Monday 9 October, 16.35-17.20
Sergiu Pasca, USA
PL04 — The future of brain region-specific organoids
Sergiu Pasca, MD is a professor of psychiatry and behavioural sciences at Stanford University and the Bonnie Uytengsu and Family Founding Director of Stanford Brain Organogenesis. He is a NYSCF Robertson Investigator, a CZI Ben Barres Investigator and a Chan Zuckerberg BioHub Investigator.
Pasca is interested in understanding the rules governing human brain assembly and the mechanisms of disease. His laboratory at Stanford introduced instructive signals for reproducibly deriving self-organising neural region-specific organoids and pioneered a modular platform known as assembloids to study migration and neural circuit formation. Pasca systematically applied these cellular models to gain insights into human physiology, evolution and disease, and extensively supported researchers around the world in implementing these techniques.
Pasca was named a Visionary in Medicine and Science by the New York Times, was featured as a physician-scientist by Nature Medicine, and he was a TED 2022 Speaker.
He is the recipient of the 2018 Vilcek Award for Creative Biomedical Promise, the National Institute of Mental Health BRAINS Award (2015), the MQ Award for Transforming Mental Health (2014), the A.E. Bennett Award in Biological Psychiatry (2018), the Folch-Pi Neurochemistry Award (2017), the Günter Blobel Award for Cell Biology (2018), the Daniel E. Efron Award in Neuropsychopharmacology (2018), a Breakthrough in Life Sciences Prize (2020) from Falling Walls, the International Basic Science Schizophrenia Prize (2021), the Joseph Altman Award in Developmental Neuroscience (2021), the Theodore Reich Award (2021), the Judson Daland Prize from the American Philosophical Society (2021) and the 13th IBRO-Kemali Neuroscience Award (2022).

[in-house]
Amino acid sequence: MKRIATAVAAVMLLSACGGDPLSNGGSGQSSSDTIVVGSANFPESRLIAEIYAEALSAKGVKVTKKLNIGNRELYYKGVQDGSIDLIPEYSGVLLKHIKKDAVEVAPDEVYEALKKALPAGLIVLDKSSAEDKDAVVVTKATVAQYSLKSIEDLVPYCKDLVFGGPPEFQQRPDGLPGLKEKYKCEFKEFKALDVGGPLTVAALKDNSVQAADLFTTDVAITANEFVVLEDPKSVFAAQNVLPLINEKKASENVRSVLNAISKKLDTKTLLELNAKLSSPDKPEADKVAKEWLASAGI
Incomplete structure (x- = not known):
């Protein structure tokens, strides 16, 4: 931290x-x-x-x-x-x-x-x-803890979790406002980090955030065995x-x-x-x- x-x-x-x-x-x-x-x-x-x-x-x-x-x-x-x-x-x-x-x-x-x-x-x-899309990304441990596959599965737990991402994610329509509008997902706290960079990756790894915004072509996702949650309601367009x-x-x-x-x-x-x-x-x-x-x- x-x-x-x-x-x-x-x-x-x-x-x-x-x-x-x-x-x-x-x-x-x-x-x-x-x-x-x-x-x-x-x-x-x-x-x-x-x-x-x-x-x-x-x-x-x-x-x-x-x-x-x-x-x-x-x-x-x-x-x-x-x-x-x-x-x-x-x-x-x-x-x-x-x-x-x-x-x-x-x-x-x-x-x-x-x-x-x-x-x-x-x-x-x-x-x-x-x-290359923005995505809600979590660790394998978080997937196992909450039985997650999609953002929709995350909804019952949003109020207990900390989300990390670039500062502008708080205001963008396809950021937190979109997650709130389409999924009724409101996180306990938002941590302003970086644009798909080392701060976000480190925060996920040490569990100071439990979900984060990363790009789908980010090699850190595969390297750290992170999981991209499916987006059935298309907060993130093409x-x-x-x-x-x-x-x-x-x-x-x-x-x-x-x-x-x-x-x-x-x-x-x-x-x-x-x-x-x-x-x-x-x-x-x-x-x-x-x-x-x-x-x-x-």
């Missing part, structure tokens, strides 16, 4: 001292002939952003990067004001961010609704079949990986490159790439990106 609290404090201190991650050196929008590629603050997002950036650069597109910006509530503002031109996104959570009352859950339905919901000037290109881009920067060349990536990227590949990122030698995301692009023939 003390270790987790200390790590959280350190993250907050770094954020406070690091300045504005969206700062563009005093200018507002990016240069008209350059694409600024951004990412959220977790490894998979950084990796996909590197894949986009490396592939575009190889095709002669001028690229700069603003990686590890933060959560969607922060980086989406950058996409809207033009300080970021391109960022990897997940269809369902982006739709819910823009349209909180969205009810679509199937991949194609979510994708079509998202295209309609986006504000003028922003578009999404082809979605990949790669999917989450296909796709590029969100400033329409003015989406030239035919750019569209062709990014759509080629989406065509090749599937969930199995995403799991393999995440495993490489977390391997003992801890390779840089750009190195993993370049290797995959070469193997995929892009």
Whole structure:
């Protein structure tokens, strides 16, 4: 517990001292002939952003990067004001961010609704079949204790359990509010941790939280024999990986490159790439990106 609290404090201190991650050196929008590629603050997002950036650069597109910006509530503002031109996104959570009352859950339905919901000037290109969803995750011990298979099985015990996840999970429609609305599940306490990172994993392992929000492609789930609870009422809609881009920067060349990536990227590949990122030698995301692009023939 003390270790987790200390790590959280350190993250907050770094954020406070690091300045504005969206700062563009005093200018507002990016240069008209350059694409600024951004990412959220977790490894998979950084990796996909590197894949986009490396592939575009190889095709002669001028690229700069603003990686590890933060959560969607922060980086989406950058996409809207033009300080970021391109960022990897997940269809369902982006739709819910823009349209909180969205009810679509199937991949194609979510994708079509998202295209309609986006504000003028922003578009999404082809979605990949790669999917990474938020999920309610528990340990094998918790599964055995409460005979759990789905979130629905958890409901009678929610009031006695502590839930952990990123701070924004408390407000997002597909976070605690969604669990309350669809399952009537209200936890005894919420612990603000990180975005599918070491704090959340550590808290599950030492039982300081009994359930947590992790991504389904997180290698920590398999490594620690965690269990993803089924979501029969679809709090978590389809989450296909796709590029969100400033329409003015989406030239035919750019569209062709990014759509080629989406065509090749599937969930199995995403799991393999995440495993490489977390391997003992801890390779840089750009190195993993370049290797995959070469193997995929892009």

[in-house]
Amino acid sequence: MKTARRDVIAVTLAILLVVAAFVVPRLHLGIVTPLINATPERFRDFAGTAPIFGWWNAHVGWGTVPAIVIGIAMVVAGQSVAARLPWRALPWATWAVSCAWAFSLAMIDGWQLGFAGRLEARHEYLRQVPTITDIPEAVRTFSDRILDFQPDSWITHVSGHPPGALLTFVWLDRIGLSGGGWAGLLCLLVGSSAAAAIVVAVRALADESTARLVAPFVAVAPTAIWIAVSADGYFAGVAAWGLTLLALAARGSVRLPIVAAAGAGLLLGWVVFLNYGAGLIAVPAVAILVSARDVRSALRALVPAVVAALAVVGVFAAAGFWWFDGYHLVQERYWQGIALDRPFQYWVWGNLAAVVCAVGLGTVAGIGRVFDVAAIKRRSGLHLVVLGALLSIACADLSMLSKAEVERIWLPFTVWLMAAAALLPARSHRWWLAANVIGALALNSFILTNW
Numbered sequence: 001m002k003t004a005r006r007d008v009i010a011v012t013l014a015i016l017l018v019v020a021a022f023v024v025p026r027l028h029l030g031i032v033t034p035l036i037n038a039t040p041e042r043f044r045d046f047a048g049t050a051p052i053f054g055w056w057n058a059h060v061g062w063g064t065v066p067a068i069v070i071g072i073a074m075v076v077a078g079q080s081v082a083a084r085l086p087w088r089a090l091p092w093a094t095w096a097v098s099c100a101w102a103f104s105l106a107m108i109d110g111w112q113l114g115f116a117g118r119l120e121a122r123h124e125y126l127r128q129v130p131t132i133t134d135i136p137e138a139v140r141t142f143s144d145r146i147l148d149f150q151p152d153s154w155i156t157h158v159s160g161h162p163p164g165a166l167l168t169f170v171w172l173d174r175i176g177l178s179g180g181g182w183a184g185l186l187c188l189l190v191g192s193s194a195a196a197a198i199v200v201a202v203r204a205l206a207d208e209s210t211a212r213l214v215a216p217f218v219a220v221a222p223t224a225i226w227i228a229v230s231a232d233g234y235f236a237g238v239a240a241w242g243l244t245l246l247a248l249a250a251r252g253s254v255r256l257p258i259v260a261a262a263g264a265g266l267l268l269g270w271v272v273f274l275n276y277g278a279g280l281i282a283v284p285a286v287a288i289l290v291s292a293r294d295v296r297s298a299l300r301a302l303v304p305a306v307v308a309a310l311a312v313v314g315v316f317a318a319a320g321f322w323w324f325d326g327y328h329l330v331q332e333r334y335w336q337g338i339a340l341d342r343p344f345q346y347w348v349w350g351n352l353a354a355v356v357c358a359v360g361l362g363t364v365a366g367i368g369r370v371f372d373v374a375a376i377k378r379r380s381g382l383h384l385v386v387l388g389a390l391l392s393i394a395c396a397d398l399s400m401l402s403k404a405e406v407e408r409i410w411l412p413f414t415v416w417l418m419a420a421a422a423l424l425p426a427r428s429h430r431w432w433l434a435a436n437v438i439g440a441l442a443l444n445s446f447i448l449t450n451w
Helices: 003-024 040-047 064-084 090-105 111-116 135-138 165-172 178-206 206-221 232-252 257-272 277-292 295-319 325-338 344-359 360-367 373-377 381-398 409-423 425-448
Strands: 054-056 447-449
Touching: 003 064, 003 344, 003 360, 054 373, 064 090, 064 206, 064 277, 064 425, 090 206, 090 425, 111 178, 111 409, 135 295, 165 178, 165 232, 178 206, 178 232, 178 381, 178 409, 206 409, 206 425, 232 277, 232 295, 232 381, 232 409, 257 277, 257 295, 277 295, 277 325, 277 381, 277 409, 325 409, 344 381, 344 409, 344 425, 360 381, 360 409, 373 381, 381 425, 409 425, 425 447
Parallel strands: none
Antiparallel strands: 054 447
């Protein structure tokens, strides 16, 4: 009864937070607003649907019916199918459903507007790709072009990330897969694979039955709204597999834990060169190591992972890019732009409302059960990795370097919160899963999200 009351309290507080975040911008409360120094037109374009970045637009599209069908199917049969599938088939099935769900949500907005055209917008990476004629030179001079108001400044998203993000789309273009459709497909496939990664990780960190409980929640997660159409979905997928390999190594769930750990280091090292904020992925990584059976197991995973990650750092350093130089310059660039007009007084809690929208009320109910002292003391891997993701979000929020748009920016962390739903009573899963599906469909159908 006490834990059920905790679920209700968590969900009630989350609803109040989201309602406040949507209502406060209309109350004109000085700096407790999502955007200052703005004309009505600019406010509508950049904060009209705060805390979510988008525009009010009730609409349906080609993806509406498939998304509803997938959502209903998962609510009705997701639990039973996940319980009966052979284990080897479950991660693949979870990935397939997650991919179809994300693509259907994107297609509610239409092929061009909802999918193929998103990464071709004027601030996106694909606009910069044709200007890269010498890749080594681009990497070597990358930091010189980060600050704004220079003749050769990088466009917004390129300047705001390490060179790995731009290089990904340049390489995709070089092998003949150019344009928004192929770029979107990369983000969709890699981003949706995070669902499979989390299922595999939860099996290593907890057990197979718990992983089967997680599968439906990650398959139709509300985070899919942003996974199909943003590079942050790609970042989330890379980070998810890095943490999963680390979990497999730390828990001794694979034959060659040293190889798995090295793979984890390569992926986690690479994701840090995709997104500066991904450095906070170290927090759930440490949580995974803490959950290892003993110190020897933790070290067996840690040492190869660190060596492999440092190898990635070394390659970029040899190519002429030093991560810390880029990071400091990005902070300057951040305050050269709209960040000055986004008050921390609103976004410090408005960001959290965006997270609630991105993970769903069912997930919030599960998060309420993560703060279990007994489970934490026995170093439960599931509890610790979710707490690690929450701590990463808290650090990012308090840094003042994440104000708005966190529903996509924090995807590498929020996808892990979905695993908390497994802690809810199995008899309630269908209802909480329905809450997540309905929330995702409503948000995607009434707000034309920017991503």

Tuesday 10 October, 10.05-10.50
Peter Goadsby, United Kingdom
PL05 – Brain Prize Lecture – Understanding migraine to develop novel therapeutics: a bench to bedside journey
Peter Goadsby FRS is director, NIHR King’s Clinical Research Facility, professor of neurology, King’s College London, an honorary consultant neurologist at King’s College Hospital and the Hospital for Sick Children, Great Ormond St, London, United Kingdom; and a National Institute for Health and Social Care Research senior investigator. He is professor emeritus of neurology, University of California, Los Angeles. His major research interests are in the basic mechanisms of primary headache disorders, such as migraine and cluster headache, in both experimental and clinical settings, and translating these insights into better management.
The world’s largest brain research prize is awarded annually by the Lundbeck Foundation. Each year, they award 10 million DKK (approx. 1,3 million EUR) to one or more neuroscientists who have made a ground-breaking impact on brain research. The Brain Prize was first awarded in 2011 and has so far honoured 38 scientists from 8 different countries. More info
Tuesday 10 October, 14.00-14.45
Kafui Dzirasa, USA
PL06 — Transforming mental illness through technology
Kafui Dzirasa completed a PhD in neurobiology at Duke University. His research interests focus on understanding how changes in the brain produce neurological and mental illness. Kafui obtained an MD from the Duke University School of Medicine in 2009, and he completed residency training in general psychiatry in 2016.
In 2016, Kafui was awarded the Presidential Early Career Award for Scientists and Engineers, the nation’s highest award for scientists and engineers in the early stages of their independent research careers. In 2017, he was recognized as 40 under 40 in Health by the National Minority Quality Forum. He was induced into the American Society for Clinical Investigation in 2019, and the National Academy of Medicine in 2021.
Kafui has served as an associate scientific advisor for the journal Science Translational Medicine, a member of the congress-mandated Next Generation Research Initiative, the Editorial Advisory Board for TEDMED, and on the NIH Director’s guiding committee for the BRAIN Initiative. Kafui is an associate professor at Duke University with appointments in the Departments of Psychiatry and Behavioural Sciences, Neurobiology, and Biomedical Engineering.